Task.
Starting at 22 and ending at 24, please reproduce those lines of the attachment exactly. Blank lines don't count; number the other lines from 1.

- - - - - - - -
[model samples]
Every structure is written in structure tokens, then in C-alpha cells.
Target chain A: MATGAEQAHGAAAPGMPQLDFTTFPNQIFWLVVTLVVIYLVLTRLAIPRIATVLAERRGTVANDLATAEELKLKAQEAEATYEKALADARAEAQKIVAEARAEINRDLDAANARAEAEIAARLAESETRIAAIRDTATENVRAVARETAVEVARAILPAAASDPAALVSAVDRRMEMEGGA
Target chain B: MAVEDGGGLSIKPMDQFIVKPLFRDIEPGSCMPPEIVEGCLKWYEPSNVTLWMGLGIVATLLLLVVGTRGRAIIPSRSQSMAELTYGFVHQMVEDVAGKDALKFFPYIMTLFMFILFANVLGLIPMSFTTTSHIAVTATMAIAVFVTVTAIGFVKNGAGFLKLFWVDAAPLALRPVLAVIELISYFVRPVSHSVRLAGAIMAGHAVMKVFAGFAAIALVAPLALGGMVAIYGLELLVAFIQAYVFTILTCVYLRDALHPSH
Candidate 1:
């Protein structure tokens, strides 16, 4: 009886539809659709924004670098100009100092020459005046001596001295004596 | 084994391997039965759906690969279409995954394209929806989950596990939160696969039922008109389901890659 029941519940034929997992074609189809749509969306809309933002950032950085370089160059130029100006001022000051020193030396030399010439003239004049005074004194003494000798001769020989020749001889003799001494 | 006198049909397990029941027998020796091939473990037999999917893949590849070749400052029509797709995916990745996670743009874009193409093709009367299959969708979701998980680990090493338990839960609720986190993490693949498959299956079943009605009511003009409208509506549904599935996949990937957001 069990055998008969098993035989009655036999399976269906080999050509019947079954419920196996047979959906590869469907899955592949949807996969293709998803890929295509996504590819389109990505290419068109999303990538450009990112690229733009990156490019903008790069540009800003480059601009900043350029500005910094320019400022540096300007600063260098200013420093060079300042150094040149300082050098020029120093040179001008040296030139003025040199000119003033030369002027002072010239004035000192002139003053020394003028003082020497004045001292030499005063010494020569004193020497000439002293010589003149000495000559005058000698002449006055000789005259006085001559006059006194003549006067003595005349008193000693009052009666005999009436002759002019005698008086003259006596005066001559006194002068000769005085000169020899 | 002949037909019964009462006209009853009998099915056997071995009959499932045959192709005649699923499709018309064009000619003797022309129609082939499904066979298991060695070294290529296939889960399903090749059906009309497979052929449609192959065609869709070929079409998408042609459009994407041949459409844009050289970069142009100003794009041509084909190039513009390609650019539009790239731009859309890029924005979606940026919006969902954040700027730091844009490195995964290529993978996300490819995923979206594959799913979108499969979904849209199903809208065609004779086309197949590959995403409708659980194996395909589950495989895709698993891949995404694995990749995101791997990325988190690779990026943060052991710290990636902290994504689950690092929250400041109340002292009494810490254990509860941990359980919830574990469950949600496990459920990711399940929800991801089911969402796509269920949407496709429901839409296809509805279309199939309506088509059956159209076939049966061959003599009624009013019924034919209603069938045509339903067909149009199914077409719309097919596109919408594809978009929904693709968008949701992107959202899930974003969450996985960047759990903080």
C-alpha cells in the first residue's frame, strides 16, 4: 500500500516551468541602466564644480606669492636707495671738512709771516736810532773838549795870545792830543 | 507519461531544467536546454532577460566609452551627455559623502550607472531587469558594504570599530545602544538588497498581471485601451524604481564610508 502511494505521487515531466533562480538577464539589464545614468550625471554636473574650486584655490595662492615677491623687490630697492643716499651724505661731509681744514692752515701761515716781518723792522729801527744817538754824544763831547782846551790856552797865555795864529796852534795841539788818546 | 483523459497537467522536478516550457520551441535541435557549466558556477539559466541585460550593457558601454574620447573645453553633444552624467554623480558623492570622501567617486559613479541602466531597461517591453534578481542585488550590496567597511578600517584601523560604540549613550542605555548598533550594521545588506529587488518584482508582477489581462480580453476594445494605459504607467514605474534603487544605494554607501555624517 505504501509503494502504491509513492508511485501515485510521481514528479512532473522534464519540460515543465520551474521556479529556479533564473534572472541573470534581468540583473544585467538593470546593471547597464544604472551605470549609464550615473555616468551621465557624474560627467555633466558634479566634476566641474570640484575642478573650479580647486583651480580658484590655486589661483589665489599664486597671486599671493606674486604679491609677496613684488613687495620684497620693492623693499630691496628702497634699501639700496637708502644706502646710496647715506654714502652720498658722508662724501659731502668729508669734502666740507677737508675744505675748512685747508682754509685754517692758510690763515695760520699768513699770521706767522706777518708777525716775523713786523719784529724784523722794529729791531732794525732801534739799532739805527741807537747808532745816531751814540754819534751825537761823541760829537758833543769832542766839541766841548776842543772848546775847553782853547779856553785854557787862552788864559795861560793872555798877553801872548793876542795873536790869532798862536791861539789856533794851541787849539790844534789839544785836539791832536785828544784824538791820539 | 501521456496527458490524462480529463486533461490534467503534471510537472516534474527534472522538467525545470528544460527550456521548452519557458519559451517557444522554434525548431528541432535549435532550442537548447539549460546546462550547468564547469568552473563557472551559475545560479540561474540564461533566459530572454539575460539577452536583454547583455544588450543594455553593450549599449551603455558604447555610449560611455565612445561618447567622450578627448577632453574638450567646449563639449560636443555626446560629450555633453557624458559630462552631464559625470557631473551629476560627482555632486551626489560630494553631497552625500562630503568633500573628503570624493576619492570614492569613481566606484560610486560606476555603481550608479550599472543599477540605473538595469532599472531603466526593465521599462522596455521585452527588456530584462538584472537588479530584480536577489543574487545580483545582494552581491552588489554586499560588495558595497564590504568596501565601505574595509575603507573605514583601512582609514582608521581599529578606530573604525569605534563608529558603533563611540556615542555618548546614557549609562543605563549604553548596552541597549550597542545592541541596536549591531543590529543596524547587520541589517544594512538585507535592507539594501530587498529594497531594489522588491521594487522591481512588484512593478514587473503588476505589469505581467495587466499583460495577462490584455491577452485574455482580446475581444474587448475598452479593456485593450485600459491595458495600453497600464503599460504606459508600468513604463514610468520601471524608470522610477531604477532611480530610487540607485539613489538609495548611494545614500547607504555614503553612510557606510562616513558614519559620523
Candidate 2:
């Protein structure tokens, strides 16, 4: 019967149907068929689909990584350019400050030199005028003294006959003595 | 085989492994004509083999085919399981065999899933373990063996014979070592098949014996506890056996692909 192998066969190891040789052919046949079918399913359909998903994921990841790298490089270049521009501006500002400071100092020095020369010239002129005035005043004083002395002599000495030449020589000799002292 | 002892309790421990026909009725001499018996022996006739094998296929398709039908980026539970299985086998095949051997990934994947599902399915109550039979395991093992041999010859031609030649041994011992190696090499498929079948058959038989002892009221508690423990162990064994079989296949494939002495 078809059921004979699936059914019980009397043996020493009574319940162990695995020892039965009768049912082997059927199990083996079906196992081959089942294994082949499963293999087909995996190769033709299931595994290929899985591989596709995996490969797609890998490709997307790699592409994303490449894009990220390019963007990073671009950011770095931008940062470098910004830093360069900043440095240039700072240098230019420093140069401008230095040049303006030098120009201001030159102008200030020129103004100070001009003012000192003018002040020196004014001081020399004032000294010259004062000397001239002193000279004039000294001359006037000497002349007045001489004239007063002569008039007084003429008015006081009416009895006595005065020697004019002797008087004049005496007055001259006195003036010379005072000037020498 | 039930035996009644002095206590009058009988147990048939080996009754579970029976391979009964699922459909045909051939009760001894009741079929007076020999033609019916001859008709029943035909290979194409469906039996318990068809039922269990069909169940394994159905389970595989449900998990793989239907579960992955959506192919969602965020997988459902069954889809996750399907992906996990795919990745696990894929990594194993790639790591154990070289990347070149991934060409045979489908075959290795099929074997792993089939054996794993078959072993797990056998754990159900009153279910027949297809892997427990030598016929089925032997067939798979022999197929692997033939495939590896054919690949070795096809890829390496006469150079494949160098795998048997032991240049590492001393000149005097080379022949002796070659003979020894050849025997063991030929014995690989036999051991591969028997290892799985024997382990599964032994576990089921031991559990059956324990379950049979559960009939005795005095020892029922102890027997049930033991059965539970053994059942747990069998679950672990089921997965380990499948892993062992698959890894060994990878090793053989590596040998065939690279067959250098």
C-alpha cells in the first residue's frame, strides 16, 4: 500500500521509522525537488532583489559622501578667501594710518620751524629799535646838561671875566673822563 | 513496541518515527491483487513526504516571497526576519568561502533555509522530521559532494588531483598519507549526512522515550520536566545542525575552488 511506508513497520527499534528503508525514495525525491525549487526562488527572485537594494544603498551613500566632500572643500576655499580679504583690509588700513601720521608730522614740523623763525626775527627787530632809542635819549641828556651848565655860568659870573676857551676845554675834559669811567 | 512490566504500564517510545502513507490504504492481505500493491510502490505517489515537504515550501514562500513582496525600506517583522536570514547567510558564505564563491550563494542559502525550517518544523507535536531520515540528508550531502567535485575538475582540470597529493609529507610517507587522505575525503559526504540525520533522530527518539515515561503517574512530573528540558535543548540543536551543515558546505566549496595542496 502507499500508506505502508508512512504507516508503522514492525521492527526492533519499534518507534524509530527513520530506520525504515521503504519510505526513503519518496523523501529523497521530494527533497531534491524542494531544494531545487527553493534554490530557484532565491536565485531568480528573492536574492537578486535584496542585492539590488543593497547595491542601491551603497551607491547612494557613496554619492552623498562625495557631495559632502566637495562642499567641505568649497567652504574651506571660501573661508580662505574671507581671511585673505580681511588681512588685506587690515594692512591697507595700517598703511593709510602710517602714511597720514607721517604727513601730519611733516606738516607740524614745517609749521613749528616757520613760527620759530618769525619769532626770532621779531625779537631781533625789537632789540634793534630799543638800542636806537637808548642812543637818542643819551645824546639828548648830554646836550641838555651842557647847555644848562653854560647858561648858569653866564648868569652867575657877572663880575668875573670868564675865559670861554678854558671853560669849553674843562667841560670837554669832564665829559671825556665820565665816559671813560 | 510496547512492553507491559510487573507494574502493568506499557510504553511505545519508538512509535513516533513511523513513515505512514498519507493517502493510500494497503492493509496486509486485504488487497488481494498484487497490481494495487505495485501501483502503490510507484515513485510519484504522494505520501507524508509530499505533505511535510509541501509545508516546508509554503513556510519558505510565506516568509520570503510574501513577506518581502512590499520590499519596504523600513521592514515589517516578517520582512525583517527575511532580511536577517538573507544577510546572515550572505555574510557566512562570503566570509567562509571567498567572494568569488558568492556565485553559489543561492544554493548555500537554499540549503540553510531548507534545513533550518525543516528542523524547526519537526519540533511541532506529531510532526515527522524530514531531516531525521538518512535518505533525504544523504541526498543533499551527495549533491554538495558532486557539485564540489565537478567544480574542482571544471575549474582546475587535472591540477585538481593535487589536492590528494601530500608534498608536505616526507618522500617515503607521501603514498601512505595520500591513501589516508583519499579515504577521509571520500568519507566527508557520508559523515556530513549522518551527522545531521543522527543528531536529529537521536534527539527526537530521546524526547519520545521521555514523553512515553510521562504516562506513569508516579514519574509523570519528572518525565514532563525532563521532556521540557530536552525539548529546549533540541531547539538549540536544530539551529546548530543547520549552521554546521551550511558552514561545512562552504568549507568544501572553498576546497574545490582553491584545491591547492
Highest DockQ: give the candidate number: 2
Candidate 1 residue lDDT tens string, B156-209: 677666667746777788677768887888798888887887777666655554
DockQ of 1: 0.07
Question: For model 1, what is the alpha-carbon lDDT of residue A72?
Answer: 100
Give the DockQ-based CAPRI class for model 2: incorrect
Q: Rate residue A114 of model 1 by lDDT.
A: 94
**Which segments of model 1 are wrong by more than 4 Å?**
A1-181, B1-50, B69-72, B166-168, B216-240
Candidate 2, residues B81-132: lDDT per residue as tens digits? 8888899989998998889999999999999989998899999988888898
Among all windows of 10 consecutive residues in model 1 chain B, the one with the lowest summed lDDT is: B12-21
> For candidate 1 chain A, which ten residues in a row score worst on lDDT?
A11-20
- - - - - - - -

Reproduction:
Among all windows of 10 consecutive residues in model 1 chain B, the one with the lowest summed lDDT is: B12-21
> For candidate 1 chain A, which ten residues in a row score worst on lDDT?
A11-20